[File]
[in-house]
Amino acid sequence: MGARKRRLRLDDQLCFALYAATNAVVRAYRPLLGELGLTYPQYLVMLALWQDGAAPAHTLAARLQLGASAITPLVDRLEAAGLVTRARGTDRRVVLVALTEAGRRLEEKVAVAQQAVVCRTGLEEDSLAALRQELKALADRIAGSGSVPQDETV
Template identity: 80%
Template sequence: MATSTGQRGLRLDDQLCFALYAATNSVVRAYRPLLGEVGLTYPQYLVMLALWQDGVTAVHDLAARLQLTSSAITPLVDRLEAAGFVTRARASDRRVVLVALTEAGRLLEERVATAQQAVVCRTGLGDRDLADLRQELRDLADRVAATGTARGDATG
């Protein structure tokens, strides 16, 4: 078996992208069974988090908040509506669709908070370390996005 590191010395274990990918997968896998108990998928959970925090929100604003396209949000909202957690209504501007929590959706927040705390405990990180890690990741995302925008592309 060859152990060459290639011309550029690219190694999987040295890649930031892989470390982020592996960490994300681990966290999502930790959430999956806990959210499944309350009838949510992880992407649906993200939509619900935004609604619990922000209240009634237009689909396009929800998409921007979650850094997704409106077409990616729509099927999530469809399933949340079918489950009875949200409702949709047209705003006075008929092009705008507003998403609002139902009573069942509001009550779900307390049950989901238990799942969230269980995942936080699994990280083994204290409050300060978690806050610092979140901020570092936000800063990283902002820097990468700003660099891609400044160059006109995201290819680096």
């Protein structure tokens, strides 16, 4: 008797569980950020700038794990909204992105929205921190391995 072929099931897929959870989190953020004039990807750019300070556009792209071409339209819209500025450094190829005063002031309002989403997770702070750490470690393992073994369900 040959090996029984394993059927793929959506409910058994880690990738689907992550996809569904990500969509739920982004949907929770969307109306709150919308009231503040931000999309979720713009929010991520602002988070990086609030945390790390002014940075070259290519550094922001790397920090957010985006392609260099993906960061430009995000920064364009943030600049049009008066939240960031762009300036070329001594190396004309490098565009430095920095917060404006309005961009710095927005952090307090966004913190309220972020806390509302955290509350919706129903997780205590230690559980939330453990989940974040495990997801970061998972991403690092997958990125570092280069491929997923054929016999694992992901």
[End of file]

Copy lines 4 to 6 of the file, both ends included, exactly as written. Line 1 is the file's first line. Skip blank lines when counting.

Template sequence: MATSTGQRGLRLDDQLCFALYAATNSVVRAYRPLLGEVGLTYPQYLVMLALWQDGVTAVHDLAARLQLTSSAITPLVDRLEAAGFVTRARASDRRVVLVALTEAGRLLEERVATAQQAVVCRTGLGDRDLADLRQELRDLADRVAATGTARGDATG
């Protein structure tokens, strides 16, 4: 078996992208069974988090908040509506669709908070370390996005 590191010395274990990918997968896998108990998928959970925090929100604003396209949000909202957690209504501007929590959706927040705390405990990180890690990741995302925008592309 060859152990060459290639011309550029690219190694999987040295890649930031892989470390982020592996960490994300681990966290999502930790959430999956806990959210499944309350009838949510992880992407649906993200939509619900935004609604619990922000209240009634237009689909396009929800998409921007979650850094997704409106077409990616729509099927999530469809399933949340079918489950009875949200409702949709047209705003006075008929092009705008507003998403609002139902009573069942509001009550779900307390049950989901238990799942969230269980995942936080699994990280083994204290409050300060978690806050610092979140901020570092936000800063990283902002820097990468700003660099891609400044160059006109995201290819680096």
């Protein structure tokens, strides 16, 4: 008797569980950020700038794990909204992105929205921190391995 072929099931897929959870989190953020004039990807750019300070556009792209071409339209819209500025450094190829005063002031309002989403997770702070750490470690393992073994369900 040959090996029984394993059927793929959506409910058994880690990738689907992550996809569904990500969509739920982004949907929770969307109306709150919308009231503040931000999309979720713009929010991520602002988070990086609030945390790390002014940075070259290519550094922001790397920090957010985006392609260099993906960061430009995000920064364009943030600049049009008066939240960031762009300036070329001594190396004309490098565009430095920095917060404006309005961009710095927005952090307090966004913190309220972020806390509302955290509350919706129903997780205590230690559980939330453990989940974040495990997801970061998972991403690092997958990125570092280069491929997923054929016999694992992901």